Small Business Termination – Pregnant employees and Risk
Small Business Employers time and time again must battle many elements to their business, cash flow, investors, marketing, leases and product/service development. Government in a very limited
way have built in safe guards for small business owners in employment legislation however those protections only go so far in relation to termination of employment.
The Federal Circuit Court case of Sagona v Piccoli Investments is an apt reminder of the price a small business can pay – and in particular how not to react to an employee announcing their pregnancy.
Sagona v Piccoli Investments
Ms Sagona was a salaried photographer and salesperson with Piccoli Photography, a small business based out of Melbourne. Ms Sagona had been employed for 12 years, the last 10 as a photographer. In August 2012, she announced she was pregnant. Four weeks later she resigned, alleging constructive dismissal.
After announcing her pregnancy Ms Sagona was allegedly told that she could not do photo shoots or have sales appointments beyond a time because it was not a ‘good look’ for customers to see a pregnant woman in the business. The business owners denied this.
Subsequently, the business decided that Ms Sagona should work longer hours.
The employers also:
- demanded that Ms Sagona sign a “variation” to her contract, making her remuneration and ongoing employment contingent on the meeting of unattainable sales targets;
- required her to work additional hours;
- suggested that a return to part-time work after the conclusion of her maternity leave would not be “workable”.
Ms Sagona resigned, claiming that she had been constructively dismissed (i.e. forced to quit) by the business’ conduct.
Held: The Court found that the business had taken “adverse action” against Ms Sagona by dismissing her. While the employer had raised concerns about Ms Sagona’s safety (such as working outdoors on long shoots and carrying heavy equipment), the Court noted that:
The business had never sought to obtain a medical opinion on Ms Sagona’s fitness to undertake her regular duties. This meant that any judgement by the business that Ms Sagona was unable to perform the inherent requirements of her role as a result of the pregnancy, was “not based on objective evidence”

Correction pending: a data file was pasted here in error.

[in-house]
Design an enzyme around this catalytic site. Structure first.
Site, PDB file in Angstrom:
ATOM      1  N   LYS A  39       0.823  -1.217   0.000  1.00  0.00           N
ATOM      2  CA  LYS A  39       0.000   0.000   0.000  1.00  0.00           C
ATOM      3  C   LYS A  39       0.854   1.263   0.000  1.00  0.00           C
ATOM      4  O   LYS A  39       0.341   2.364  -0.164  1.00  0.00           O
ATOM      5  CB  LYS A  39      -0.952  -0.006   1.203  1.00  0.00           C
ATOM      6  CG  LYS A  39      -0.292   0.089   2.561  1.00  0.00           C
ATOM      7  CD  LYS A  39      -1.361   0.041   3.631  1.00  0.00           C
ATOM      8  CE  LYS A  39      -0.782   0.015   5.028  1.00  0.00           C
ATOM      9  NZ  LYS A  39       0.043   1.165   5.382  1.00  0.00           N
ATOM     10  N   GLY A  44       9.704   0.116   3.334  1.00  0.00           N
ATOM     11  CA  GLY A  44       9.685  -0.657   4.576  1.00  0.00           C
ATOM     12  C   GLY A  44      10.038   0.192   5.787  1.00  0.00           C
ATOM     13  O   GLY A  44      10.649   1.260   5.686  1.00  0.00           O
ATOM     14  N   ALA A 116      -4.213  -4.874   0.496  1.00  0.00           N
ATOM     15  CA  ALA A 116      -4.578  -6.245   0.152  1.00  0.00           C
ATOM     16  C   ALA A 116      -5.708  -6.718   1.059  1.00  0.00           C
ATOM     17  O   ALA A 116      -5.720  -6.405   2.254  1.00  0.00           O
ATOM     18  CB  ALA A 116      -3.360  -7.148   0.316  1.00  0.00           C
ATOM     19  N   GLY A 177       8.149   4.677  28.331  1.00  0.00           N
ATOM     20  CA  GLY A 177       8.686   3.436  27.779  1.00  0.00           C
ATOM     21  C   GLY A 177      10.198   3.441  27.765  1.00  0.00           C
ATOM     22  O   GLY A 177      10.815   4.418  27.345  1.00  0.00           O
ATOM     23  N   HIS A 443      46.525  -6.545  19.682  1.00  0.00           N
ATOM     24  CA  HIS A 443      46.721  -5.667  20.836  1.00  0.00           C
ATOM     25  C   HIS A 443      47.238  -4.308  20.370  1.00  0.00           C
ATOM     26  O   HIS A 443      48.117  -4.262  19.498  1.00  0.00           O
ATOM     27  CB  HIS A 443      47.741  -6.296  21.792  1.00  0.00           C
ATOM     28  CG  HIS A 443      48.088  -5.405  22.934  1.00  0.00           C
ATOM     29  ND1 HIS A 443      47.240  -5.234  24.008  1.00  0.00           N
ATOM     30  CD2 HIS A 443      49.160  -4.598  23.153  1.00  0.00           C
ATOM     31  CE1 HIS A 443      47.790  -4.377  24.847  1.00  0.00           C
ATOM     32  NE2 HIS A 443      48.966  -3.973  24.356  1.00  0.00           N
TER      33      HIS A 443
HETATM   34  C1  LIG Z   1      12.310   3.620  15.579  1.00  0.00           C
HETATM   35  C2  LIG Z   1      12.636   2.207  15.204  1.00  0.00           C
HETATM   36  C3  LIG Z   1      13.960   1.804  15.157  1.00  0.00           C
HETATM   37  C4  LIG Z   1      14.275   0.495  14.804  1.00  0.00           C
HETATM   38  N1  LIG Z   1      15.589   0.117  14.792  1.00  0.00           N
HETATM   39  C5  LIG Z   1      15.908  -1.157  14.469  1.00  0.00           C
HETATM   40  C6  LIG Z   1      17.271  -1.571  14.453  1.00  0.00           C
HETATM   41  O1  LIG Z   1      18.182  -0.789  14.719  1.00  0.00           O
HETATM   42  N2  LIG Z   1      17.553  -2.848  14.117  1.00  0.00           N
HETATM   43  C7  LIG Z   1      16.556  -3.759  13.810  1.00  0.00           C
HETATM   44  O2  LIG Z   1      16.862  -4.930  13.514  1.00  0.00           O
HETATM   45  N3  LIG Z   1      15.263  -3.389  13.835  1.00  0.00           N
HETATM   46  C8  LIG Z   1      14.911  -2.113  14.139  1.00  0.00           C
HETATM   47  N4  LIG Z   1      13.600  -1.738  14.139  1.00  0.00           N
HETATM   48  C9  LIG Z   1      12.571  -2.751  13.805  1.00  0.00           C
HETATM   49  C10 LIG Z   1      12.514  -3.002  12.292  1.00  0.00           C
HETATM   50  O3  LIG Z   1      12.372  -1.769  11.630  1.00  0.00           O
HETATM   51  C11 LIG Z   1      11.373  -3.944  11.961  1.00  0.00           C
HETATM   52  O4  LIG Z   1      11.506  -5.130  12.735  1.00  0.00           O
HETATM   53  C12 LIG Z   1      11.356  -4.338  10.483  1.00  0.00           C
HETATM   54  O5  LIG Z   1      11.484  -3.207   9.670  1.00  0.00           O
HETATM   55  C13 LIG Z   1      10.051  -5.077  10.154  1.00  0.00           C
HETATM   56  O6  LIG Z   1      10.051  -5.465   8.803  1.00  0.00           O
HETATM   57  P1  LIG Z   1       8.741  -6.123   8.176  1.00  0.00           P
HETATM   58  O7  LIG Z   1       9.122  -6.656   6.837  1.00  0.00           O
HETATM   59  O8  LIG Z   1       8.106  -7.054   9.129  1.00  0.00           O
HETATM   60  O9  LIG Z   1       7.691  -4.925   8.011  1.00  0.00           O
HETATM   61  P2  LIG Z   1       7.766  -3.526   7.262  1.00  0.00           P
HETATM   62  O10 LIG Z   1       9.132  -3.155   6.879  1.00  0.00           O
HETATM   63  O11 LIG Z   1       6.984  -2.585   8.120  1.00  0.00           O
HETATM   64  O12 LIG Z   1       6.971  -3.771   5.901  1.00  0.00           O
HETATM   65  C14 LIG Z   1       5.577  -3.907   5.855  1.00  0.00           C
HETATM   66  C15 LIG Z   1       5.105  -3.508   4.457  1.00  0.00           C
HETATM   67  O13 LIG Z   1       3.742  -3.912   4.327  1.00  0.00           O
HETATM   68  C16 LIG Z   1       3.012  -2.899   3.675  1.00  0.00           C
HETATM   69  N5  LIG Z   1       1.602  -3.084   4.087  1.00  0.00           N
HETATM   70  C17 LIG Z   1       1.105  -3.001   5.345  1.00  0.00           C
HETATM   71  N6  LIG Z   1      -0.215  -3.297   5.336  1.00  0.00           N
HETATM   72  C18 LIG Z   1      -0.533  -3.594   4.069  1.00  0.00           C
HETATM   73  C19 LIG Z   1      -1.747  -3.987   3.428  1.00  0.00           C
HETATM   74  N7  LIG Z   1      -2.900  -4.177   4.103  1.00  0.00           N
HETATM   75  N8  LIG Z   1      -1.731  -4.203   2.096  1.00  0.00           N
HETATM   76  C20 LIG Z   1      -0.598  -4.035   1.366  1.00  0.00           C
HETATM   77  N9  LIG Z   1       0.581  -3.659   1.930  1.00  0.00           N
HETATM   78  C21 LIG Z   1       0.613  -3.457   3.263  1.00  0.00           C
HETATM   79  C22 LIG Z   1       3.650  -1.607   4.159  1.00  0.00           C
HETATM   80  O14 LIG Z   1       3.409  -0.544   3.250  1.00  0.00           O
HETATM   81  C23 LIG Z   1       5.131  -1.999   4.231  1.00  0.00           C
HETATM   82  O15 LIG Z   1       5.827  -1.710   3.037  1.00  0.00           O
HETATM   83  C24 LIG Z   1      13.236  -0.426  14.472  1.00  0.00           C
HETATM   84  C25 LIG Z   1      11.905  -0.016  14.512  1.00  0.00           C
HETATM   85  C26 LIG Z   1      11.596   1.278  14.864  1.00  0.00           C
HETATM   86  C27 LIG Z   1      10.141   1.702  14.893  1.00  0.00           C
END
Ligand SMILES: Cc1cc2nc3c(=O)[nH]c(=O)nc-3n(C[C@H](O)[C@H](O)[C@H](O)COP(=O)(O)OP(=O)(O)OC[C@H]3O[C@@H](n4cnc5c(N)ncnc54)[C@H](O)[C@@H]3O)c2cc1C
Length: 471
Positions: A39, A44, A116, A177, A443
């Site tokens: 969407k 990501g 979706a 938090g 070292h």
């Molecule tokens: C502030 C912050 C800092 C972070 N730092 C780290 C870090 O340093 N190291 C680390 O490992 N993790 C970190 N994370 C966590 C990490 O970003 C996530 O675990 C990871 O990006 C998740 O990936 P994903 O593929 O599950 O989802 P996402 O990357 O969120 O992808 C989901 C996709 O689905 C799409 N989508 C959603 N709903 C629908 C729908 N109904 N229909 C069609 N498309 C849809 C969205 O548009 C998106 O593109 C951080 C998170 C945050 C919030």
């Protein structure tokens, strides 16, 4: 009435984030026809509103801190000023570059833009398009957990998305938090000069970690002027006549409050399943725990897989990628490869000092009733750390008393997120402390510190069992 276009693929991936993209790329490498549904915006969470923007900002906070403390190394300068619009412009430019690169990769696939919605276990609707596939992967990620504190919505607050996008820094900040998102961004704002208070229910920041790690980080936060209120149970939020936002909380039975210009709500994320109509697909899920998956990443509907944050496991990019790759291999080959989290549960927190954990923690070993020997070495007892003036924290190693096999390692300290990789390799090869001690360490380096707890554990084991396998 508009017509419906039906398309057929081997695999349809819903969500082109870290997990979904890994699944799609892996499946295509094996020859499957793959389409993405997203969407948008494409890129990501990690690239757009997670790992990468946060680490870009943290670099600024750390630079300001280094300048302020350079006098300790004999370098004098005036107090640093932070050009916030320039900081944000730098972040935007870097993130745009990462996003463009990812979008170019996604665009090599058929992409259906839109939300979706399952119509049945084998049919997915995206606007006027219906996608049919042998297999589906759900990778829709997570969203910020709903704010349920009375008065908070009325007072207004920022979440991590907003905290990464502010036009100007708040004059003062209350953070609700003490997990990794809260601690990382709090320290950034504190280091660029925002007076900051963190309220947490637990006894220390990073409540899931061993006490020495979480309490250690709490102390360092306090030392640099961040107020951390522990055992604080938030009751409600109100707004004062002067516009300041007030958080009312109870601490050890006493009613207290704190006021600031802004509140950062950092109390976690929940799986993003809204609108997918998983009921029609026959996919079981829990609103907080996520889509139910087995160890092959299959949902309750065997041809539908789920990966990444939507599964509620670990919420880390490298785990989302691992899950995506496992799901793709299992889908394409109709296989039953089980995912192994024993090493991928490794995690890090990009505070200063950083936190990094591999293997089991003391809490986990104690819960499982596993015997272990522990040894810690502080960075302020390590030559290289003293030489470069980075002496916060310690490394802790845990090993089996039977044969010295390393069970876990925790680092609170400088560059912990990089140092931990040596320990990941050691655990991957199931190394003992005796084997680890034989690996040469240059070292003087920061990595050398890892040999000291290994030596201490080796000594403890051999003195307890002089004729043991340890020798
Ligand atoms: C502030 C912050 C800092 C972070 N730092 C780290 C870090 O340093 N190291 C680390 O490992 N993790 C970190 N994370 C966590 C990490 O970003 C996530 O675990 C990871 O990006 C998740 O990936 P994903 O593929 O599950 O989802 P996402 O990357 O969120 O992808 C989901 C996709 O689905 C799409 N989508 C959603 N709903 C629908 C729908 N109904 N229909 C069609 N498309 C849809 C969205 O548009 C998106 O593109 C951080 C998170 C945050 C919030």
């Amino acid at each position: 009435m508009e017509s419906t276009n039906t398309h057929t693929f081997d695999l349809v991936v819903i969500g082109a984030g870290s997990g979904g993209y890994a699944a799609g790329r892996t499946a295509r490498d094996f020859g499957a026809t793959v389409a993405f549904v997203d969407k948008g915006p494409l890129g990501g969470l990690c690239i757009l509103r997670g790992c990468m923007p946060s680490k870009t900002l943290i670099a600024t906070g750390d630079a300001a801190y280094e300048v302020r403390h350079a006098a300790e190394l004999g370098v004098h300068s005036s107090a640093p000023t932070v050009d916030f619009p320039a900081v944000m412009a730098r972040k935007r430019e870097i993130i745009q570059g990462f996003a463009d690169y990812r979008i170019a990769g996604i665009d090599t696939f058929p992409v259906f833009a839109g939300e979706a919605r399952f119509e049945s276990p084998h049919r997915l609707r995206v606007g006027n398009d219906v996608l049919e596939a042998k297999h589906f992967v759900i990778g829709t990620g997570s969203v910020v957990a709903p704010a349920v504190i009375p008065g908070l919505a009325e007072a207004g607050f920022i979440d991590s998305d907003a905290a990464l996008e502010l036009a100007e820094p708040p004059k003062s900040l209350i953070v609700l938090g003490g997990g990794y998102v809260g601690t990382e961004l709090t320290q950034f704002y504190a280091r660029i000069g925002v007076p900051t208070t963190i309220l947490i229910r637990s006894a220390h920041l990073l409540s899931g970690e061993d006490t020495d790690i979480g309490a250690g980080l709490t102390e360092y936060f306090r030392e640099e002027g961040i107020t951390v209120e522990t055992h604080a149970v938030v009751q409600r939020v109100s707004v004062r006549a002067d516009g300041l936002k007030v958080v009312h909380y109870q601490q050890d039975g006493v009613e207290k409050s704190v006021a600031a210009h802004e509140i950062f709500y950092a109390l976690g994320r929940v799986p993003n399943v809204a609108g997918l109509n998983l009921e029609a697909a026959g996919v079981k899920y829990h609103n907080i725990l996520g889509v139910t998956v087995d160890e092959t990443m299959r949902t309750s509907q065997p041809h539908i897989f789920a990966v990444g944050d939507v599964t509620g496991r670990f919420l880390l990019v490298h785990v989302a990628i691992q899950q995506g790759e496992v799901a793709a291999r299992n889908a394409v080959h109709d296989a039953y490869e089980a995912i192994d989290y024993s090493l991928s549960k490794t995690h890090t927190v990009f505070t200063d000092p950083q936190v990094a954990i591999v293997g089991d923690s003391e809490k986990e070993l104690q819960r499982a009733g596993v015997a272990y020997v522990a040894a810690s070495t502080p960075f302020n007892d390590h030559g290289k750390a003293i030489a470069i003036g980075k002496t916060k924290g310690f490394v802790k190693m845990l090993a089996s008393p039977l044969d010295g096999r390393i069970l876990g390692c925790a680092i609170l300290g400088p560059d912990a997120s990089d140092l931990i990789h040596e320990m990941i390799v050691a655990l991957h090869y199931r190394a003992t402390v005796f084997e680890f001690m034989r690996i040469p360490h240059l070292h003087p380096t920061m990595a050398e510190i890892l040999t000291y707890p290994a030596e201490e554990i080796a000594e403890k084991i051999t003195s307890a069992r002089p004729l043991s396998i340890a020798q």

The employer’s actions were taken “without reference” to sections 73 and 81 of the Fair Work Act 2009 (Cth). Importantly, these provisions govern the circumstances in which an employer can direct a pregnant employee to take unpaid parental leave, and transfer of a pregnant employee to a safe job, respectively. Both sections provide employers with the ability to request medical evidence of fitness for work and/or fitness to continue in the employee’s position for a particular period.
The damages award in this case was considerable, including $164,079 for economic loss and $10,000 for distress, hurt and humiliation. In addition, the Court considered:
The need to discourage employers from demanding award-free employees work “all hours necessary”; and
The importance for women to continue in employment during pregnancy and continue in their careers after having a child
The Court awarded penalties of $45,000 to be paid by the business and $8,000 to be paid by each of the two individual owners as a result of the above considerations.
The Significance of this case for small businesses
This case is important because of the damages alone, which is one of the higher monetary awards for discriminatory conduct. But there are three other important aspects:
The first is that Ms Sagona sought penalties (as she is entitled to do) and that the Court decided that those penalties should be paid to her personally – rather than as consolidated Revenue. Those penalties totalled $61,000.
The second is the fact that the business owners were personal defendants, as persons knowingly involved in the contraventions. Not only did they have penalties imposed against them, but they were jointly ordered to pay the compensation along with the business.
It is important to note that it is increasingly more common for managers and business owners to be joined as personal defendants and if they are found liable, to have penalties imposed on them personally. This is true for prosecutions by the Fair Work Ombudsman as well and extends to other types of contraventions such as for a breach of the National Employment Standards or industrial instruments.
The third is that the defendants claimed that the business was small and in financial difficulty. However, this was not deemed a valid excuse by the court in determining the penalty.
It is vital for small business employers to be wary of General Protections matters and to be aware that they can also be joined as personal defendants if found liable for contravention.